What do you think of smaller, regional airports? You know, the ones like  Midway vs Chicago O’Hare or Beauvais vs Paris de Gaulle or Toronto Island vs Pearson International?  The small airports DO have their benefits as do the larger ones. Here’s what to consider if you have the luxury of choosing between an international airport or a regional fringe airport.

Regional Fringe Airports

I recently experienced the convenience of a regional airport and now I’m hesitant to return to the hassle of a large international one. We chose a regional airport because it was the closest one offering an inexpensive Allegiant flight to Florida. It was one of the most relaxing flights I can remember, though we did fly on U.S. Black Friday so the airport was pleasantly sparse with travelers.

Many low-cost airlines like Allegiant, Frontier, Jet Blue, etc. fly in and out of regional airports. They can offer competitive pricing because the taxes and fees associated with small airports are lower.

Getting to fringe airports is often more convenient. They’re closer to home or in a small community which makes the drive to and from the airport easy to manoeuver.

regional-airport

No crowds at this Regional Airport

Community-based airports also tend to support local businesses like ground transportation (taxi’s and drivers), local retail shops and local food kiosks that offer fresher choices.

With shorter security lines, we arrived at the airport a mere hour before our flight and, even then, had lots of extra time. The security staff we encountered were friendly and considerate. Could it be that they are less stressed, so pay it forward?

Our flight started loading right on time, if not early. And I’m not sure if this is because of small airport capabilities or because Allegiant is so efficient, but when the plane was loaded – 25 minutes early – we took off 25 minutes early arriving in Florida 30 minutes ahead of schedule. Who doesn’t love that?!

Many of these advantages also create an over-arching benefit of a smaller carbon footprint. A factor that can weigh heavily on people who travel.

This article by Smarter Travel offers good fringe airport alternatives to many of the large U.S. airports.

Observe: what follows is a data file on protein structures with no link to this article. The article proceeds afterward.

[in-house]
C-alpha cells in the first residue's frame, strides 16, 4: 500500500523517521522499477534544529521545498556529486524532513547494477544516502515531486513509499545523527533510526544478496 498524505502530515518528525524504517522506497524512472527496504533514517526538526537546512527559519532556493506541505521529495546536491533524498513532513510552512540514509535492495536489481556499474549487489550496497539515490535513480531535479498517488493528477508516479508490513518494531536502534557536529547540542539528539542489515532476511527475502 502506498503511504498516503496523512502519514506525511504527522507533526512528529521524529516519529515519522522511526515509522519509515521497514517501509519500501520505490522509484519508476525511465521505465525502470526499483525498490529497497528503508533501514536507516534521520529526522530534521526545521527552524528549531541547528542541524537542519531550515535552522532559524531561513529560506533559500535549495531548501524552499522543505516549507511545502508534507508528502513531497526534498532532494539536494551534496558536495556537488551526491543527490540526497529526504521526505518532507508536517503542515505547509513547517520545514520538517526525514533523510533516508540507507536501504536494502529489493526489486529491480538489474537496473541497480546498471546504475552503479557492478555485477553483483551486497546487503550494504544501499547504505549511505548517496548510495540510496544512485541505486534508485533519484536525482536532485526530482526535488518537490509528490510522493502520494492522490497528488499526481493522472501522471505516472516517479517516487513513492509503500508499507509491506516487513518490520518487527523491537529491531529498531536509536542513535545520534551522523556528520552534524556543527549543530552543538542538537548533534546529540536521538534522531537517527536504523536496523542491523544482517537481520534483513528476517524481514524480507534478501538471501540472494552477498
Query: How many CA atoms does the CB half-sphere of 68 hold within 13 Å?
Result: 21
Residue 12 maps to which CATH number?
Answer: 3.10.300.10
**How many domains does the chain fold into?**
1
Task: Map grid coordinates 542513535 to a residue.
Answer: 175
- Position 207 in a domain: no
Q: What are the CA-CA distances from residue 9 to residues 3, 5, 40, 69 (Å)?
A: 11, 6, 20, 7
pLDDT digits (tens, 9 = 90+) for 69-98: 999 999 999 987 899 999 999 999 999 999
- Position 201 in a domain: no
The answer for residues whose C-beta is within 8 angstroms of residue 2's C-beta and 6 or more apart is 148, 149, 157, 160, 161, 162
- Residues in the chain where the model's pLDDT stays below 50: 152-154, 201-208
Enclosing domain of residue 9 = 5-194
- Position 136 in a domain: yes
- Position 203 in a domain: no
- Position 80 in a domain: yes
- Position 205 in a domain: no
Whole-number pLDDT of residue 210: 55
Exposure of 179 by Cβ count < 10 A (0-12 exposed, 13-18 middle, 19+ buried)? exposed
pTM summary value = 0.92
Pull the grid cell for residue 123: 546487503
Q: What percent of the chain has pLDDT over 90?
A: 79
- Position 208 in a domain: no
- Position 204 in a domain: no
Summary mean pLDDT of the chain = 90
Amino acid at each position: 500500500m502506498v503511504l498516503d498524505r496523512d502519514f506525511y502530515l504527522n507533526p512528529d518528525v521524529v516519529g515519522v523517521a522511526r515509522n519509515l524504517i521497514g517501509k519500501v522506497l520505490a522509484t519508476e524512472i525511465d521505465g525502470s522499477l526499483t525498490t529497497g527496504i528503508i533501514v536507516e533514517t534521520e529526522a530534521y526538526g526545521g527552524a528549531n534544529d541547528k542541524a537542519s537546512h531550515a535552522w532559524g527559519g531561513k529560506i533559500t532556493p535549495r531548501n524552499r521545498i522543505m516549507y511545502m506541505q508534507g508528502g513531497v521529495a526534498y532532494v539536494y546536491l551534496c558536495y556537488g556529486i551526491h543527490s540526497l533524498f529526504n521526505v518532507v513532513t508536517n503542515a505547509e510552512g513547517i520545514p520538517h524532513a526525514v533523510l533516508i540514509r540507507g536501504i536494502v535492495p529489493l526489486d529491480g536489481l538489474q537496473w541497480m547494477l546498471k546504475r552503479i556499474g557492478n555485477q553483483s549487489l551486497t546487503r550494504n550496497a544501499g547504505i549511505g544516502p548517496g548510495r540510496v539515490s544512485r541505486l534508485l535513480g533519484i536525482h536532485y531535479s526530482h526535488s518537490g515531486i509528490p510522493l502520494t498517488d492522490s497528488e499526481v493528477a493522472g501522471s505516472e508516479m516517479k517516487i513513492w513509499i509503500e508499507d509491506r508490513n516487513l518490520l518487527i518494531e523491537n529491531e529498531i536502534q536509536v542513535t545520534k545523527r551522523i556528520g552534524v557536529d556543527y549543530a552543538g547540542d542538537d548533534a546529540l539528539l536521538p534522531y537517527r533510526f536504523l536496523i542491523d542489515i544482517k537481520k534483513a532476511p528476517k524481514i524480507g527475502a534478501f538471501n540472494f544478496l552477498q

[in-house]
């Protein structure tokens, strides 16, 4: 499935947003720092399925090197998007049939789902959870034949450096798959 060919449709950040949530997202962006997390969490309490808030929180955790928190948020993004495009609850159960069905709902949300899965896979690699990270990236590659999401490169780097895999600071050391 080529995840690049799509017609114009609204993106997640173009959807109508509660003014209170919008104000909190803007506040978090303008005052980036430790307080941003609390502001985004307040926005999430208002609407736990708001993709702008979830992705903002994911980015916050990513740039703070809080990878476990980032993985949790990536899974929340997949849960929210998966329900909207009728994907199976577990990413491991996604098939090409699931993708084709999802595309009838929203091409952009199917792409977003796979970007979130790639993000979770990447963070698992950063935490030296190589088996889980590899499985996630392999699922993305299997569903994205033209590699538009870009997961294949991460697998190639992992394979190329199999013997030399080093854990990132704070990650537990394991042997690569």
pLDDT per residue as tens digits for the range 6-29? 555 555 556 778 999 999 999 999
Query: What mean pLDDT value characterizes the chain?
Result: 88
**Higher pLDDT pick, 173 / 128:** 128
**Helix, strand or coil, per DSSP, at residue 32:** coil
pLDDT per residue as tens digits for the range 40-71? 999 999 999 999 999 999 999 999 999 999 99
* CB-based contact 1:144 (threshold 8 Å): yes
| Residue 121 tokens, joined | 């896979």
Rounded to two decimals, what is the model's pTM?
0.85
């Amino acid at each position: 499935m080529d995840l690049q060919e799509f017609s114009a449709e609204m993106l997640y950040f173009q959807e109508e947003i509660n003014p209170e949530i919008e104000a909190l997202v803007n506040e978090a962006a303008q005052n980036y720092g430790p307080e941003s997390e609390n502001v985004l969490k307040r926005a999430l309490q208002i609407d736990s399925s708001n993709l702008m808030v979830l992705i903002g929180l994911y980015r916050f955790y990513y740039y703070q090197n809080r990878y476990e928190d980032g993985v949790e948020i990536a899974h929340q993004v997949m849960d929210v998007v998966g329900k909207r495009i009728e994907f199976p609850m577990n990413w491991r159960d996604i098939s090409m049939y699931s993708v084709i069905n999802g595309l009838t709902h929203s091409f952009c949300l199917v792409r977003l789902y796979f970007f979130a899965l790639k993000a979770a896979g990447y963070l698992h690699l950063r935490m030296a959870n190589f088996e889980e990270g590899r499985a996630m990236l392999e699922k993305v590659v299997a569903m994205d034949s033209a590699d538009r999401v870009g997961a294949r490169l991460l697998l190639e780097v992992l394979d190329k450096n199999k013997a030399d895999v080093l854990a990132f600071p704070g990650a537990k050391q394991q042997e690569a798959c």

Major Hub Airports

We know it’s impossible to avoid large hub airports altogether and some prefer them.

Large airports are the place we catch international flights and they also offer the majority of convenient connecting flights.

Large airports offer more services such as additional car rental options. They also provide an array of airport activities while you wait.

Budget airlines flying from regional hubs typically don’t offer first class or business class flight service and you may not be able to collect loyalty points with the low-cost carriers.

All this said many people are giving up large commercial airlines and flying with smaller budget carriers if only to experience the convenience and relaxation of regional fringe airports. According to anna aero, in 2017, 19% of U.S. flight seats were booked to fly out of regional airports. I’m betting that figure increases in 2018/19 and, when possible, I’ll be one of the passengers adding to that increase.

 

Opptee’s Travel Search Advantage

Most of the big travel search engines like Expedia and Priceline don’t include discount airlines and small regional airports in their search results. Opptee does! However, if your favorite isn’t listed, please drop us a line with your request and we’ll be sure to give it a look!

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